- These limitations were later addressed by advancements in atomic theory and the development of the modern periodic table.
Important Questions (1 Mark): Periodic Classification of Elements - Question 17

Law of Triad was proposed by

Detailed Solution for Important Questions (1 Mark): Periodic Classification of Elements - Question 17
Law of Triad was proposed by Dobereiner.
Detailed
The Law of Triad was proposed by Johann Wolfgang Dobereiner, a German chemist, in the early 19th century. This law was one of the earliest attempts to organize the elements based on their chemical properties and atomic weights.
Key Points:
- The Law of Triad states that when elements are arranged in order of their increasing atomic weights, the middle element in a triad has properties that are an average of the other two elements.
- Dobereiner observed that certain groups of three elements showed similar chemical properties and their atomic weights had a specific relationship.
- One example of a triad is calcium (Ca), strontium (Sr), and barium (Ba). Calcium has an atomic weight of 40, strontium has an atomic weight of 88, and barium has an atomic weight of 137. The atomic weight of strontium is the average of calcium and barium. These elements also exhibit similar chemical properties.
- Dobereiner identified several other triads, such as chlorine (Cl), bromine (Br), and iodine (I), and lithium (Li), sodium (Na), and potassium (K).
- The Law of Triad provided the basis for the development of the periodic table by other chemists, such as Dmitri Mendeleev.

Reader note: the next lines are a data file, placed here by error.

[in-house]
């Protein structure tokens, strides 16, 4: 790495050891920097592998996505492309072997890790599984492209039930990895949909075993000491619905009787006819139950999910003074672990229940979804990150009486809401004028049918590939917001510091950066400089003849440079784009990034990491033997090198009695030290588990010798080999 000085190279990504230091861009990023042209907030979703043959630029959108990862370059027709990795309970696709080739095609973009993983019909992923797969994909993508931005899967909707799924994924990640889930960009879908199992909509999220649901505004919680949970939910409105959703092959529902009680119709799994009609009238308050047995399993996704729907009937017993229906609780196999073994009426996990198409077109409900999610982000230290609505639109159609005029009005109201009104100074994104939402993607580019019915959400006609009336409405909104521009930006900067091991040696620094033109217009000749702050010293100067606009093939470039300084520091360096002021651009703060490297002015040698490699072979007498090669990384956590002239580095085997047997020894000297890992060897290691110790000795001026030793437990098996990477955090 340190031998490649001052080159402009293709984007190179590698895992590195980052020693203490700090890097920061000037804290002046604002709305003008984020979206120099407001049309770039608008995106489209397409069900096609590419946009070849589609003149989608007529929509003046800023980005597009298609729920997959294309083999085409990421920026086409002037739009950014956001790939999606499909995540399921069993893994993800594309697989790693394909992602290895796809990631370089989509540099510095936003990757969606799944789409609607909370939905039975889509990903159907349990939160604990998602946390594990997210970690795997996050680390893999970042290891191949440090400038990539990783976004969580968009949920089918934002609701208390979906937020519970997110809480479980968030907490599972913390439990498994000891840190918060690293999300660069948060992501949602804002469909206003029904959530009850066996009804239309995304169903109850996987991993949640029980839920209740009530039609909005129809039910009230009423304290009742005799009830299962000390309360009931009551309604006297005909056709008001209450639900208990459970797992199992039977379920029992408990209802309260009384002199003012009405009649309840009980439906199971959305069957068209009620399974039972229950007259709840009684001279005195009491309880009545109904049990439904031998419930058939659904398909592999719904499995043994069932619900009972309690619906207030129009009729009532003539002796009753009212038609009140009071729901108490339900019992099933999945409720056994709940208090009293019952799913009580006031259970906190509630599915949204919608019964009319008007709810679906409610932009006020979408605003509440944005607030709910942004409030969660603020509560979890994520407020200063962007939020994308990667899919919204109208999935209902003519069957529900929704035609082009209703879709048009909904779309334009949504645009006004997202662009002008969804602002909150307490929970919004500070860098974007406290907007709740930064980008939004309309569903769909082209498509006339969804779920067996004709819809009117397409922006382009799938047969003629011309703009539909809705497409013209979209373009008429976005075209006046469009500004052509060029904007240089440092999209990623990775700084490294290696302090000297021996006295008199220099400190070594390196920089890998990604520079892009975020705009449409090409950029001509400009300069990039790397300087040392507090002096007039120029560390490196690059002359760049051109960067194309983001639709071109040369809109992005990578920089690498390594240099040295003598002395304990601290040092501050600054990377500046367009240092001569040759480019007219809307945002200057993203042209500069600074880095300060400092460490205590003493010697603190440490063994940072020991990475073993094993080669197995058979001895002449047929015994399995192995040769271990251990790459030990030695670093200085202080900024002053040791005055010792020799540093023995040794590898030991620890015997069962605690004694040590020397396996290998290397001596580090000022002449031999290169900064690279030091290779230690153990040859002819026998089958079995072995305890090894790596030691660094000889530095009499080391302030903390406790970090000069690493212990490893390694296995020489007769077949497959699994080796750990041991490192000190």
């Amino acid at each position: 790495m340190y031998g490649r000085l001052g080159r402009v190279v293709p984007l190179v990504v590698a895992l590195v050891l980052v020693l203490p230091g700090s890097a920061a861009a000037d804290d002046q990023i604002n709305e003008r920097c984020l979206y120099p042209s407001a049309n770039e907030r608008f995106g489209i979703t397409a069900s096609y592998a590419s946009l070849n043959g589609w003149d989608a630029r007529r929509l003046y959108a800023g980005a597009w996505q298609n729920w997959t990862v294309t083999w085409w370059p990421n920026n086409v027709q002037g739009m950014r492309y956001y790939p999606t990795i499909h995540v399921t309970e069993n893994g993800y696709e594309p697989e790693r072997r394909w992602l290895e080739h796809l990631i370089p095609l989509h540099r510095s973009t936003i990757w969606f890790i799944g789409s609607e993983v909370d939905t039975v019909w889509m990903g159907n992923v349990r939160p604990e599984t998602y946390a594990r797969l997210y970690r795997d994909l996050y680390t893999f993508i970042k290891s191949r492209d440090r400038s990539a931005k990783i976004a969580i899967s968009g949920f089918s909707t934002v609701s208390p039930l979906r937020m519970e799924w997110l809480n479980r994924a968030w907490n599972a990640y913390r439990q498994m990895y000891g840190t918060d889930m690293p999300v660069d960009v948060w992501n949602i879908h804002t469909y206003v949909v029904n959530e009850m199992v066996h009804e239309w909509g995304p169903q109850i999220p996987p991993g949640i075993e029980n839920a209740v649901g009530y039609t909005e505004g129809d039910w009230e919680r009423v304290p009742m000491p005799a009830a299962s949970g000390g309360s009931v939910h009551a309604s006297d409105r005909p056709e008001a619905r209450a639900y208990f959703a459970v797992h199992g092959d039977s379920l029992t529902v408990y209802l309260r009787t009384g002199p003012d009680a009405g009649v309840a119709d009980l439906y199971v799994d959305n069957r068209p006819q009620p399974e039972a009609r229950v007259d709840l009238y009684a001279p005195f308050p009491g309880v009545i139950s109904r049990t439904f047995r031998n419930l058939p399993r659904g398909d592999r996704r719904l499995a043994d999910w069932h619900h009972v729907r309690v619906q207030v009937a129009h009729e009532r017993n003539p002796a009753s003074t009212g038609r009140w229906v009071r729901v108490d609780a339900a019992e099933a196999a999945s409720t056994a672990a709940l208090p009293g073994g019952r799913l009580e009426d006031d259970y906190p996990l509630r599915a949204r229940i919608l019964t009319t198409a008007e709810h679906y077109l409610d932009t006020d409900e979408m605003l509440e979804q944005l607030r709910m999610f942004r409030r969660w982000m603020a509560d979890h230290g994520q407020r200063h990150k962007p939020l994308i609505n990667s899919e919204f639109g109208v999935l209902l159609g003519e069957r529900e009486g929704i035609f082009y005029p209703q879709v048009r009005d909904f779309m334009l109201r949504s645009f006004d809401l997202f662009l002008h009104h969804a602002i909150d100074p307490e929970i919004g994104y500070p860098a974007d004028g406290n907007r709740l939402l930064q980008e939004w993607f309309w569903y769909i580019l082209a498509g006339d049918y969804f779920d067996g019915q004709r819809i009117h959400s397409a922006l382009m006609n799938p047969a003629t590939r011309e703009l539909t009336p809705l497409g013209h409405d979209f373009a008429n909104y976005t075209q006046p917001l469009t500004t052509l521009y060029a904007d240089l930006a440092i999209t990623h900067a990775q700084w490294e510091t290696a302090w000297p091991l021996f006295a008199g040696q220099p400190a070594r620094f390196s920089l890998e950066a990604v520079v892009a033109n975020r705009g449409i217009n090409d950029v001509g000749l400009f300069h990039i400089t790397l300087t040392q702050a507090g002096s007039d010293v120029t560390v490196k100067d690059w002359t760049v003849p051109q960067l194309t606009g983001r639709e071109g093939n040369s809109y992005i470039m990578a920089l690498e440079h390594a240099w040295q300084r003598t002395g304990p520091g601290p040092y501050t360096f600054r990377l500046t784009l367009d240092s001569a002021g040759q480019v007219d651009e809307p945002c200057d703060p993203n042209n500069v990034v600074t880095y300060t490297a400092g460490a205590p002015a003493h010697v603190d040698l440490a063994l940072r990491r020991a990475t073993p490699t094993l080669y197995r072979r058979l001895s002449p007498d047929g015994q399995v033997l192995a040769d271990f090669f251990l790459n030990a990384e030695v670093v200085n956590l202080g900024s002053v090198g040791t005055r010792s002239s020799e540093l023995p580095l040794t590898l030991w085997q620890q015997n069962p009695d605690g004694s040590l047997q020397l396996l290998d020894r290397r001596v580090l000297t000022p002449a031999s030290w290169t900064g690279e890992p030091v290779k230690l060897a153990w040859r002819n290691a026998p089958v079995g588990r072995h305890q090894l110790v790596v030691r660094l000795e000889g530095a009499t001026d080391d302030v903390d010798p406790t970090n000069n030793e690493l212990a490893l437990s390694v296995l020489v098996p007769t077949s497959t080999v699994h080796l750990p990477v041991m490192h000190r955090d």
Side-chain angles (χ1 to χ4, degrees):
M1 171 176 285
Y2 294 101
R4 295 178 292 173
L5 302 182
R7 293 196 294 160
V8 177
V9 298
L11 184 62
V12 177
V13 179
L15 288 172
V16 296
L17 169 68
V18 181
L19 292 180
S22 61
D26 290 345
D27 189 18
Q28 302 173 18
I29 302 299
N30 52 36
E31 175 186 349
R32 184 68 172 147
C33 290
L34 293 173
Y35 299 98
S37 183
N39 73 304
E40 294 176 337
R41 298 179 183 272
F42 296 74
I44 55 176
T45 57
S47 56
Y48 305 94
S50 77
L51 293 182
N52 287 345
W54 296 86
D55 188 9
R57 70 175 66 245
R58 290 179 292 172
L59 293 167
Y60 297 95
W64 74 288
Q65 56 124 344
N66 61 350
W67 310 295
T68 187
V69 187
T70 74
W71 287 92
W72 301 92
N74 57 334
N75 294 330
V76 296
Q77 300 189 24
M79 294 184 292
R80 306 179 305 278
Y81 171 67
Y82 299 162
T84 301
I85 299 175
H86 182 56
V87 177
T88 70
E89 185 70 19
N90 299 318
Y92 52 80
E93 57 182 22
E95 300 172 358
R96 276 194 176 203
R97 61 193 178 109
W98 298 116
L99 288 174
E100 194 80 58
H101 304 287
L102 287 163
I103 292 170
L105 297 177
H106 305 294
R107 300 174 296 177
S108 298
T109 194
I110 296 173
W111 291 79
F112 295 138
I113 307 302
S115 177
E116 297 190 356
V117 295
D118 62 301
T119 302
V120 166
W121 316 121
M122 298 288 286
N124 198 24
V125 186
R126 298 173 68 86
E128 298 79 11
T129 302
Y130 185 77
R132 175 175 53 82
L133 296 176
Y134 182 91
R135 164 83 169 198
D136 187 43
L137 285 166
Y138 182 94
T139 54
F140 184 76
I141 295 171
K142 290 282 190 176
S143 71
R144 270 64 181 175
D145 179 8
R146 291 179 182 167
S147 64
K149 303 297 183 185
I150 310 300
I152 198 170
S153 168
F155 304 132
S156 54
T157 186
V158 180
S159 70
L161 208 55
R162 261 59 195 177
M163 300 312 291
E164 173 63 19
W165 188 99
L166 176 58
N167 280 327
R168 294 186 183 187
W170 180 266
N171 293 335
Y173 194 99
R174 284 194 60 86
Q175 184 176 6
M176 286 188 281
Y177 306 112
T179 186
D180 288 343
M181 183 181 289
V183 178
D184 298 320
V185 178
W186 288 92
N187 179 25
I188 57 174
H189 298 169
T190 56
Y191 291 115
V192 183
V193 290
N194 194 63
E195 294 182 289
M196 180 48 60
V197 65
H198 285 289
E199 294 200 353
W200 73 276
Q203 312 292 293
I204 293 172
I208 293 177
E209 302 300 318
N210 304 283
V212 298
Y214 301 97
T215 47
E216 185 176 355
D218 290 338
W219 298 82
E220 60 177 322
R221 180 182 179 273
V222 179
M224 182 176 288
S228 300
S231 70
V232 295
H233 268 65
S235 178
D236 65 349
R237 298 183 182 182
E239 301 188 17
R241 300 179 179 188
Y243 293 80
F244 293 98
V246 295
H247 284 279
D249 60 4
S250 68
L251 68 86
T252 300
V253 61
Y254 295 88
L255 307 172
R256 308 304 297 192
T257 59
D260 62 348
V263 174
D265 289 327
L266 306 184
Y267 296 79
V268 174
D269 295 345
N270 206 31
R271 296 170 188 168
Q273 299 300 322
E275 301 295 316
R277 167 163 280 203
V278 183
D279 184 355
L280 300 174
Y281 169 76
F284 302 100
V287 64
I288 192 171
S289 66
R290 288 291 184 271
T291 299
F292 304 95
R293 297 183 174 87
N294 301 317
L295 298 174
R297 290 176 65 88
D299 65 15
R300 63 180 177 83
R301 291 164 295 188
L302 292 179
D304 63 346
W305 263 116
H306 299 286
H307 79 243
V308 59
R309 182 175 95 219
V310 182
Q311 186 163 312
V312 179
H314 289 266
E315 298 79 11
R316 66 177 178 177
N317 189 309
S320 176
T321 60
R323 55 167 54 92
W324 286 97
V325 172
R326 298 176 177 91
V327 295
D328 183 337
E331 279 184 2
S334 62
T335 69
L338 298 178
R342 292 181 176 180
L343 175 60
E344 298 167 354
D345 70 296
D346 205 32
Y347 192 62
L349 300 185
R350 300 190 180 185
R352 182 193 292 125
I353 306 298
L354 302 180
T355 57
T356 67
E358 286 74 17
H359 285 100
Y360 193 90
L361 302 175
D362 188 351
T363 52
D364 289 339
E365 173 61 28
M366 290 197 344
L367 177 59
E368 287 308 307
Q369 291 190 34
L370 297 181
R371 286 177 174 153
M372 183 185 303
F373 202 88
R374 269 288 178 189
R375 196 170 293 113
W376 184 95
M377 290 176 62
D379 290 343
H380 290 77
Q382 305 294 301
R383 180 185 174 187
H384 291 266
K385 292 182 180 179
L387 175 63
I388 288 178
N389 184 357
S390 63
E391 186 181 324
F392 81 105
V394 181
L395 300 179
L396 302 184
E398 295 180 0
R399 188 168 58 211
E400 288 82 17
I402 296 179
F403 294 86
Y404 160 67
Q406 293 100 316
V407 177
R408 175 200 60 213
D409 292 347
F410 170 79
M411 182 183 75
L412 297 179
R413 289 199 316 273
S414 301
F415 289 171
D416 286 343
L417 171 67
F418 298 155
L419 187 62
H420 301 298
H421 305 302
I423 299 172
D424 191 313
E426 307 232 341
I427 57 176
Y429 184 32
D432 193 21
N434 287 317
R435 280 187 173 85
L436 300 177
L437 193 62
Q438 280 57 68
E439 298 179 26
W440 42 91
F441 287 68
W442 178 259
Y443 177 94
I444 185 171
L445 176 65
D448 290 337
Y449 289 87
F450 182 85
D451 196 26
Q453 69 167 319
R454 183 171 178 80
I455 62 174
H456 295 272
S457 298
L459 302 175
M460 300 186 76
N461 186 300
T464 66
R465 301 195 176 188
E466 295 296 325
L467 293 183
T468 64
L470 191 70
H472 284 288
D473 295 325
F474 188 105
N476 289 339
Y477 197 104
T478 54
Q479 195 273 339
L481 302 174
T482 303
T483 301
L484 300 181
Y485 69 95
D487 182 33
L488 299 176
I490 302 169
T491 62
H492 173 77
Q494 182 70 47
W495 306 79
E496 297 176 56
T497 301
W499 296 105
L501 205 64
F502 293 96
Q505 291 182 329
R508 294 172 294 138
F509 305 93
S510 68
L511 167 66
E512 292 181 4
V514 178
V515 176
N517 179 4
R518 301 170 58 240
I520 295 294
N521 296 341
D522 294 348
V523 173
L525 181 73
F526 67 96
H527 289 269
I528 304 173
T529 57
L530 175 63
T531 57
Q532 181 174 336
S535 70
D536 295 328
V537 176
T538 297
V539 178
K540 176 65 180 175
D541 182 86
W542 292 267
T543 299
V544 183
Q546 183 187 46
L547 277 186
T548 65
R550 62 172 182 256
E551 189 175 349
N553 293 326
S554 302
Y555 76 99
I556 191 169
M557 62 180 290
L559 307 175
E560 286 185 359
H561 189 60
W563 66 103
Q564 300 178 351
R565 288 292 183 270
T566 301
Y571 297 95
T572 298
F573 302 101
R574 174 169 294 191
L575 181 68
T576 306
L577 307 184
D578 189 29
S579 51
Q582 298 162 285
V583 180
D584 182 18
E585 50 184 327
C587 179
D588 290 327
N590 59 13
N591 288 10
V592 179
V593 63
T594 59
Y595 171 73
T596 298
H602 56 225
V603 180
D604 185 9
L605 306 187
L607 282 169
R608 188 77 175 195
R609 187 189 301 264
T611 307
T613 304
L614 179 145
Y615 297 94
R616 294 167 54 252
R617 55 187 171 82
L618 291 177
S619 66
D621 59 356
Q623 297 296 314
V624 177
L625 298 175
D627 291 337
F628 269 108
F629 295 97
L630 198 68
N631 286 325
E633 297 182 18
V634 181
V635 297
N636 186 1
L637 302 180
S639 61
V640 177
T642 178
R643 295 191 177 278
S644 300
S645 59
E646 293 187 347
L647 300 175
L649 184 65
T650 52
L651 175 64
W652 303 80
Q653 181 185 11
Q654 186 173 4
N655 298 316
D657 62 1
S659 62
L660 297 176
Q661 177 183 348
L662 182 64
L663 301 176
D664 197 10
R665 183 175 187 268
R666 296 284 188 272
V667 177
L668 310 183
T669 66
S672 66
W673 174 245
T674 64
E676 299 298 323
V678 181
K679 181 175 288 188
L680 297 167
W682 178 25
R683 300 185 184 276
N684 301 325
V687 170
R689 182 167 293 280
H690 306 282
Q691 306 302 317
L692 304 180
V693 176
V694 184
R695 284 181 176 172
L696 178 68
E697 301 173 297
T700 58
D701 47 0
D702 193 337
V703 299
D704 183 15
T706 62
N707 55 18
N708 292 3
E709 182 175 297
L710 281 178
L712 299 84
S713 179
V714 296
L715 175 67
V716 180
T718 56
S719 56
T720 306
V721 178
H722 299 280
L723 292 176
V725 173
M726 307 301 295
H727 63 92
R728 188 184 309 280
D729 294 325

- However, the Law of Triad had limitations and was not applicable to all elements. It could only explain the properties of a few groups of elements.
Overall, Dobereiner's Law of Triad was an important early contribution to the understanding of the periodic table and the relationships between elements based on their atomic weights and chemical properties.
Important Questions (1 Mark): Periodic Classification of Elements - Question 18

Which of the following statements can help a chemistry student to predict chemical properties of an element?

(I) Position of element in the periodic table

(II) Atomic number of the element

(III) Number of shells in the atom

(IV) Number of electrons in the outermost shell.

Detailed Solution for Important Questions (1 Mark): Periodic Classification of Elements - Question 18
To predict chemical properties of an element.